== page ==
However, it is of course a relief that PETA doesn’t want businesses to close. They just want the leather business to convert to what and how PETA dictates. It’s that easy, apparently. So what’s the problem? Sarcasm apart, what PETA wants is that a sustainable industry like the leather sector converts its production and produces alternative materials, which by definition would be either plant-based or petroleum-based. I can relate very much to the need for proper animal welfare and have advocated for that on many occasions, but while we should be more proactive with our suppliers in the meat industry for better animal welfare, PETA must become more realistic and acknowledge that meat is part of the human diet, and people must have the freedom of choice whether to eat meat, vegetables, a vegan diet, or a mix of these.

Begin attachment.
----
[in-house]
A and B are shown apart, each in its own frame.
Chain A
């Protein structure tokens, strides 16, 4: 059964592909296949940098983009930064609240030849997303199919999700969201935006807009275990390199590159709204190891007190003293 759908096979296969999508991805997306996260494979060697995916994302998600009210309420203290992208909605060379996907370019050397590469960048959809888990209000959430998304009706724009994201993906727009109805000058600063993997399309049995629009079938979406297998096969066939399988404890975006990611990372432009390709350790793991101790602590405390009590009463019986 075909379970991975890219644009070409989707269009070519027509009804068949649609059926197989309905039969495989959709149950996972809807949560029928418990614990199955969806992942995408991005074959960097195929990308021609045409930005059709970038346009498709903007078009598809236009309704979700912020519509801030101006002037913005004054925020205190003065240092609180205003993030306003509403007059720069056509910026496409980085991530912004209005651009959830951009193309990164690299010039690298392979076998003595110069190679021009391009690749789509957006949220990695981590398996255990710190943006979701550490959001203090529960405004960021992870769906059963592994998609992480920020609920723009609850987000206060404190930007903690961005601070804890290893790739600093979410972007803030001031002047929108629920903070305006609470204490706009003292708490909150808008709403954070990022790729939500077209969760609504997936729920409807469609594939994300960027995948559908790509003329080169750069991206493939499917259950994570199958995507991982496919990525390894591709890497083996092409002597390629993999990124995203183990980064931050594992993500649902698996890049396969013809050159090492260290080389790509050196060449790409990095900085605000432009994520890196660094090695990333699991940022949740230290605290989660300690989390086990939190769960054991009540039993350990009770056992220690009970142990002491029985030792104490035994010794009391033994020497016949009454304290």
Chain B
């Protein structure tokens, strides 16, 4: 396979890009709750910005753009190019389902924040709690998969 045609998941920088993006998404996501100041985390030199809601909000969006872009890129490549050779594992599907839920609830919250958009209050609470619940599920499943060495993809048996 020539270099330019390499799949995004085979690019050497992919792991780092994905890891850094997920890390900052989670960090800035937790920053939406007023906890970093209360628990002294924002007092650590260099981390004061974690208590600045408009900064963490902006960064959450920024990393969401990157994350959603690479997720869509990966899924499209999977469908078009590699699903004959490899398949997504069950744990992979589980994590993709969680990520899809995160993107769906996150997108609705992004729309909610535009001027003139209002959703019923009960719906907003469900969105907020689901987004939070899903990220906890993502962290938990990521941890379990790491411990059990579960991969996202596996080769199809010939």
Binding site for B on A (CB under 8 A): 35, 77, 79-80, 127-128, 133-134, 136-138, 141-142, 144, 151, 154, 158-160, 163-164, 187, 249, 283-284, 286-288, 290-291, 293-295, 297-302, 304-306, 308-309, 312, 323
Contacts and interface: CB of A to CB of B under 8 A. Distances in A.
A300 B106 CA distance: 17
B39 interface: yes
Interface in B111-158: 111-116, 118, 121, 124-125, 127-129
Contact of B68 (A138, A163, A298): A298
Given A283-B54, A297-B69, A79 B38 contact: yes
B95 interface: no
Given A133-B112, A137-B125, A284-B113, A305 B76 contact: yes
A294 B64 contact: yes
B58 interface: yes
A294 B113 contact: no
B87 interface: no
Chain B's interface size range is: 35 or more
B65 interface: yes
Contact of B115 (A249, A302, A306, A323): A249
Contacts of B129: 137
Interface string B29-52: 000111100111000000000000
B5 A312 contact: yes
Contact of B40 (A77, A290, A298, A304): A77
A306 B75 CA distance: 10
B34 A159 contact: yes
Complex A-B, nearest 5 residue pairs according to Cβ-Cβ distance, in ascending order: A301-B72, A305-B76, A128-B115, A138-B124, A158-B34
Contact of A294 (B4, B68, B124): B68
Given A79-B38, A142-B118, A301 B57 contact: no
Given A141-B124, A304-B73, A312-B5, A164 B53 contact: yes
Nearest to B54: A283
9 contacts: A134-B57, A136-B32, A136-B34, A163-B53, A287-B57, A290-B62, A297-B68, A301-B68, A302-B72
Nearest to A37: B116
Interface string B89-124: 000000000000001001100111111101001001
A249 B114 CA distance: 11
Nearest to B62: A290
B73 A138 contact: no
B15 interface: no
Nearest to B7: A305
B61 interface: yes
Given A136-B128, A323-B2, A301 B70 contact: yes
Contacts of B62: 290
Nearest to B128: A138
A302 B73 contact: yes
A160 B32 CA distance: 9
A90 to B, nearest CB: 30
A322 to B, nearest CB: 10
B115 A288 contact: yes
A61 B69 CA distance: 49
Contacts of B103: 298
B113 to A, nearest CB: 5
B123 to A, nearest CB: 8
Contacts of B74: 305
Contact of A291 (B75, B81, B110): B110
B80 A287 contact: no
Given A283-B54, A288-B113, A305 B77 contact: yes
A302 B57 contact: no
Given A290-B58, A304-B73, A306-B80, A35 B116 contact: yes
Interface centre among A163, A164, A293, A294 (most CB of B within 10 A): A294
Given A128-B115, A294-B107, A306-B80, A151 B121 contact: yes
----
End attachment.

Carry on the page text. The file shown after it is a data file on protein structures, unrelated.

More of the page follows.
The plant-based materials that could substitute leather-based materials do not have characteristics similar to what leather offers for the daily use of the finished products. Petroleum-based products don’t seem to bother PETA in spite of the proven fact that their production and use are highly polluting. Oil is not a sustainable raw material and once used, it’s gone. Remember, nobody ever found a pair of leather shoes, or a leather bag in the stomach of a whale. Some leather items were found in the stomachs of crocodiles, but that was collateral damage due to the consumption of their owners.